Don’t fall for false claims that this money will only pad salaries at Caltrans and
    other public agencies, or that it will be chewed up by the governor’s
    high-speed rail project. The legislation that authorized the gas tax earmarks
    $33.7 billion for maintenance and repair projects, $3.8 billion for congestion
    relief and $2 billion for local projects around the state, with spending on
    planning and research limited to less than 1 percent of the revenue.

    High-speed rail isn’t eligible for funding, though there is $8.7 billion for transit.
    That’s OK. Putting more people aboard buses and commuter trains will reduce
    traffic congestion on streets and freeways.

    25 other states, including 18 with GOP governors and 17 with Republican-controlled legislatures, have raised their gas taxes, too. Why? Because they know roads need to be maintained, maintenance costs money, and roads traditionally have been user-funded.

    • Mike N

      So how do you explain the legislature raiding the Gas Tax Fund.
      Those who can not see it are in it.

  • Jerry

    The CA has plenty of money, but they just have messed up priorities. I lived in CA for 52 years and was on a small town city council and saw numerous times the state play the shell game with tax prayers money. Put money from the lottery to schools and then take some of the existing school funding away. Raise income taxes for schools, but take some of the existing school funding away. Cities use to get Gas Tax money to fix roads, but the state now mandates a small town have mass transit, 2 miles by 2 miles. We could have bought all the underserved residence a used car for what the city had to waste on a small bus service so it could get a few crumbs left over from the mass transit mandate for road repairs. We wasted millions on a bus service that didn’t even get $0.10 on the Dollar in farebox income. 90% subsidized was state rule, but we were more like 95% subsidizing ridership with Gas Tax dollars. CA already has enough gas tax on cars which also pay one of the highest registration fees, but the state still robs the new gas tax for mass transit and workforce training even in the latest bill. All the construction contractors will pay their employees Davis Bacon wages by law so I think there will be plenty of takers for the billions in contracts without union cash cow of workforce training with gas tax dollars. How about lowering or eliminating Davis Bacon requirement like most inland cities would like so what few dollars they have trickling down from state could go farther. San Diego tried, but got slapped the state over trying to be efficient. I now live across the border in NV with better roads and yet pay less in taxes and gasoline. CA just does not spend the billions on true priorities.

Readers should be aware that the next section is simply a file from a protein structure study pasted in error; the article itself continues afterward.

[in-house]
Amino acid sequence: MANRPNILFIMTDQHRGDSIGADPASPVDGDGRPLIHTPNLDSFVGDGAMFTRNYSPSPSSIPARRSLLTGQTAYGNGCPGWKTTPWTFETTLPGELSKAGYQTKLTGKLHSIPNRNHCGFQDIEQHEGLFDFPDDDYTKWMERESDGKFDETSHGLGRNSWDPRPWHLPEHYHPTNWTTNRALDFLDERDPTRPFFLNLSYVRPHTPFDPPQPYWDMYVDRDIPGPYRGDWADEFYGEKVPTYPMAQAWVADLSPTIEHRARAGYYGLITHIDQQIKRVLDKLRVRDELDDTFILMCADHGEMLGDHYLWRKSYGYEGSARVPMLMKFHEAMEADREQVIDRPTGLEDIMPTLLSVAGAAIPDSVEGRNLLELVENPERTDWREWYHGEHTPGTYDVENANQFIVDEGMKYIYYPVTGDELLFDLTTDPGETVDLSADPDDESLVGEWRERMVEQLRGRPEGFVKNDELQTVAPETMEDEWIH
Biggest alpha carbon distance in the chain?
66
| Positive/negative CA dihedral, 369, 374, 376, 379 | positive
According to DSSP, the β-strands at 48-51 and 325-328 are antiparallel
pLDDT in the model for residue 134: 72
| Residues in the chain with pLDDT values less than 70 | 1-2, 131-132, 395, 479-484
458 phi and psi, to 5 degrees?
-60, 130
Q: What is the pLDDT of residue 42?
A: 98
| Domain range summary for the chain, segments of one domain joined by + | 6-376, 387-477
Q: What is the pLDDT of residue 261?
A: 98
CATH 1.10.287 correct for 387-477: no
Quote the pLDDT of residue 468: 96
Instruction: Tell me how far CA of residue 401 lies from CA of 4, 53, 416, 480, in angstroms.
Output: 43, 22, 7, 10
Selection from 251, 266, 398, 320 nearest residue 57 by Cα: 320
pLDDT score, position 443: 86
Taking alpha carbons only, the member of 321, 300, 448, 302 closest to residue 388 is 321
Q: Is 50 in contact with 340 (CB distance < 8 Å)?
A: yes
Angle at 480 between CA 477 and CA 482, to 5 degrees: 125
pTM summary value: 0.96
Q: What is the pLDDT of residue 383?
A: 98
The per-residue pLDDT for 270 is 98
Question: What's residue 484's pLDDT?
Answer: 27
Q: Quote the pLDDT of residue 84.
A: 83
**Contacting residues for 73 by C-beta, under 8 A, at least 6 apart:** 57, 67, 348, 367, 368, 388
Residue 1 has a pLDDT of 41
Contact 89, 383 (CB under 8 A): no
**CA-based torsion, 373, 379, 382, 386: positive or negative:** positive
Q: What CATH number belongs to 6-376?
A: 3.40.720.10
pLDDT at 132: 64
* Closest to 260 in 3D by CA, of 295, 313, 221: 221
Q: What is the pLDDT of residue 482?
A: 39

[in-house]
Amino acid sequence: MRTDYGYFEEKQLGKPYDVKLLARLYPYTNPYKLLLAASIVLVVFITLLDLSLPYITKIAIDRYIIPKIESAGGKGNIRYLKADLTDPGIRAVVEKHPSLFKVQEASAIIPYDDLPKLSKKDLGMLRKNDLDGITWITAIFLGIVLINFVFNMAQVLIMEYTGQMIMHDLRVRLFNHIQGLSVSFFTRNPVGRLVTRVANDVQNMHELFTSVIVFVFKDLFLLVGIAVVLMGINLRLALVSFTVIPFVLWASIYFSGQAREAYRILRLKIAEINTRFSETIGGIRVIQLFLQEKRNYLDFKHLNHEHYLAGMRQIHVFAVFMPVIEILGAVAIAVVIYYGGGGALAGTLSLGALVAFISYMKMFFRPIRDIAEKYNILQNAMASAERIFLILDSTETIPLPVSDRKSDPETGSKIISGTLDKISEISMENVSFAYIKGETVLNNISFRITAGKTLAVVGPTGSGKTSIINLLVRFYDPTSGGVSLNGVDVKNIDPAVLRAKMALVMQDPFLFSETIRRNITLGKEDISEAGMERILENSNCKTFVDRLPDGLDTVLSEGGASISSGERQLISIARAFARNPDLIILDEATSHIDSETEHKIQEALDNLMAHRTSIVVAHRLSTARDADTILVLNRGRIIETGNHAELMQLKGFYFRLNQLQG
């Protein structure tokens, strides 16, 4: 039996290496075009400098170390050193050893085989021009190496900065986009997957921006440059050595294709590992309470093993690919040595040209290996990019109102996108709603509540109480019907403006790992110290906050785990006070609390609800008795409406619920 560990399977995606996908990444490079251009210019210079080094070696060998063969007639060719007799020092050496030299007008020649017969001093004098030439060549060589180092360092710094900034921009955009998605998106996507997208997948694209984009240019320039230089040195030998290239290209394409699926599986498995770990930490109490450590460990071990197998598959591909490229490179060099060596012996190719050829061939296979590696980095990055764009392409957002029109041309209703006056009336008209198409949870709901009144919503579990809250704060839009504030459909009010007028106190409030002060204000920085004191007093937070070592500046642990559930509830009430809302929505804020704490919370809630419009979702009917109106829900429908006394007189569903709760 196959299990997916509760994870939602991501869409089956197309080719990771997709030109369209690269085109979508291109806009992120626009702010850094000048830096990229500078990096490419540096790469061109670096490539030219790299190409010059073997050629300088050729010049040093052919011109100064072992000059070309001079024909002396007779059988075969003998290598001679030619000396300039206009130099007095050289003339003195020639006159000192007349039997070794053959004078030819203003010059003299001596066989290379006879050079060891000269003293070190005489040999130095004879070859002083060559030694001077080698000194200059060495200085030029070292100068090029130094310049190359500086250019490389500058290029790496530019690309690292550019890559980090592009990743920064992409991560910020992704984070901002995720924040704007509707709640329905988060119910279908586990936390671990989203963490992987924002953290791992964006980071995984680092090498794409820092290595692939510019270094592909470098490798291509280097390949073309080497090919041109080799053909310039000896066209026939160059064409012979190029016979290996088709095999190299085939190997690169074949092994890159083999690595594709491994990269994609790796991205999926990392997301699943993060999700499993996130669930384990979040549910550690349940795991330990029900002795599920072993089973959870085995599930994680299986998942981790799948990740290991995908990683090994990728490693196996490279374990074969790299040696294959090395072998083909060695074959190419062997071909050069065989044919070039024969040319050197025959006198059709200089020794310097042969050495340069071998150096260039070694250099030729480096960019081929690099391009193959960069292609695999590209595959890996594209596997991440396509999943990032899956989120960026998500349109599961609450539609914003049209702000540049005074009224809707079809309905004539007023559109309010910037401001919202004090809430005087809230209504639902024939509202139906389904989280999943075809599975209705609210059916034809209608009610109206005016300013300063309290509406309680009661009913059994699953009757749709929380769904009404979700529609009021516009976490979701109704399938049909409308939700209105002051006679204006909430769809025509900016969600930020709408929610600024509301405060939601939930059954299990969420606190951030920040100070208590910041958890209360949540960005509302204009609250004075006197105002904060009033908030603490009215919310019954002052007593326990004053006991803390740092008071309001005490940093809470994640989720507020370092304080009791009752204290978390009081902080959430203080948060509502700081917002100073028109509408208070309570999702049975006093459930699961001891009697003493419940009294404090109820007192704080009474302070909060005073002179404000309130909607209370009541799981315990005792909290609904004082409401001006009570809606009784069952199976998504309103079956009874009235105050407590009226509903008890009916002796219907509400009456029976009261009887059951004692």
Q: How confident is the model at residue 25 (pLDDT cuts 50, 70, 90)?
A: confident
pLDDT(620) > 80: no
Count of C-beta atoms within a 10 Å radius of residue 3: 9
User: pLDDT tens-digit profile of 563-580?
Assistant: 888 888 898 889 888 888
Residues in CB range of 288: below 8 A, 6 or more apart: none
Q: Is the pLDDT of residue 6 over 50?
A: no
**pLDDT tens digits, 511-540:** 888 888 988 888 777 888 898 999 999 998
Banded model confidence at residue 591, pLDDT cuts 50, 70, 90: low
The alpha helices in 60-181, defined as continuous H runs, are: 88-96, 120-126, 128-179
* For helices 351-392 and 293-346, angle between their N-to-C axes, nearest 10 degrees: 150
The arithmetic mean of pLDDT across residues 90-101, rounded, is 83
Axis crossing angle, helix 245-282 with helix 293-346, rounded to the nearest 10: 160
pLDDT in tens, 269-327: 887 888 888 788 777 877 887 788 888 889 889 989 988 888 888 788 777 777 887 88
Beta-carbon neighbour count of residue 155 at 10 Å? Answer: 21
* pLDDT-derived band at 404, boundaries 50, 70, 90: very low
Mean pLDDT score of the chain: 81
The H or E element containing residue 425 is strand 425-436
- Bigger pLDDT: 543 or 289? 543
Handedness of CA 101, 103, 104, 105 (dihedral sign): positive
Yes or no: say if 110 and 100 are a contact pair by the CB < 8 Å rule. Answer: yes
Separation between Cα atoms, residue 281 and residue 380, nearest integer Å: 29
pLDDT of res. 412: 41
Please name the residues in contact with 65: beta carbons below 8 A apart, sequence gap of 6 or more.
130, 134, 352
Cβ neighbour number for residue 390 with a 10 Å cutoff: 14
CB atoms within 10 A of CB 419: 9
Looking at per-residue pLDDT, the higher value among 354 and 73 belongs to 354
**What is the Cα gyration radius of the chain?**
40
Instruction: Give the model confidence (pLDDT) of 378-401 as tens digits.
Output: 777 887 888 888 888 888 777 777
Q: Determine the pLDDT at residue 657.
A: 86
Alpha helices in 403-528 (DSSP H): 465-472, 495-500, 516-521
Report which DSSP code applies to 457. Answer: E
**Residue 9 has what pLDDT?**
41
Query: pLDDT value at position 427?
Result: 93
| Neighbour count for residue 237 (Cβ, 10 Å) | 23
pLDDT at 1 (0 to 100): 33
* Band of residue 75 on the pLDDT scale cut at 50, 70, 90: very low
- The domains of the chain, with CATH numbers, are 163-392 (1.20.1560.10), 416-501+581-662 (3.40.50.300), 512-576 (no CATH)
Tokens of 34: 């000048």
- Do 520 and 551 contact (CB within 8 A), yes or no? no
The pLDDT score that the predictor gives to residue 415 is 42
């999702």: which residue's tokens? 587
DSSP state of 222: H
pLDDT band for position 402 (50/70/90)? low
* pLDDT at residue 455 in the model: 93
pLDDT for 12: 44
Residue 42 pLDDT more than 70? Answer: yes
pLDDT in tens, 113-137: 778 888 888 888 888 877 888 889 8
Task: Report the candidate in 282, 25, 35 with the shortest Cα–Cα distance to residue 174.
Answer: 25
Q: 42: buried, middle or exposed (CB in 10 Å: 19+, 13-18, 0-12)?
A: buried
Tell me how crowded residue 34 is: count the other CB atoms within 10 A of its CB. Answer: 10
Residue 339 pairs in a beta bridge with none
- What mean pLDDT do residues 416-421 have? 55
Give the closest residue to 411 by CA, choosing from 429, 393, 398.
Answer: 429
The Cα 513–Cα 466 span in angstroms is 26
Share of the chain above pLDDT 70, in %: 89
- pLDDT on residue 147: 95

• RegisteredDemocrat

    As a resident of California, we need a mileage tax. It’s the only fair way to repair roads. Trucks, SUV’s, and Crossovers should pay more per mile, and EV’s should be exempt. I’m the first to admit that taxes are way too low.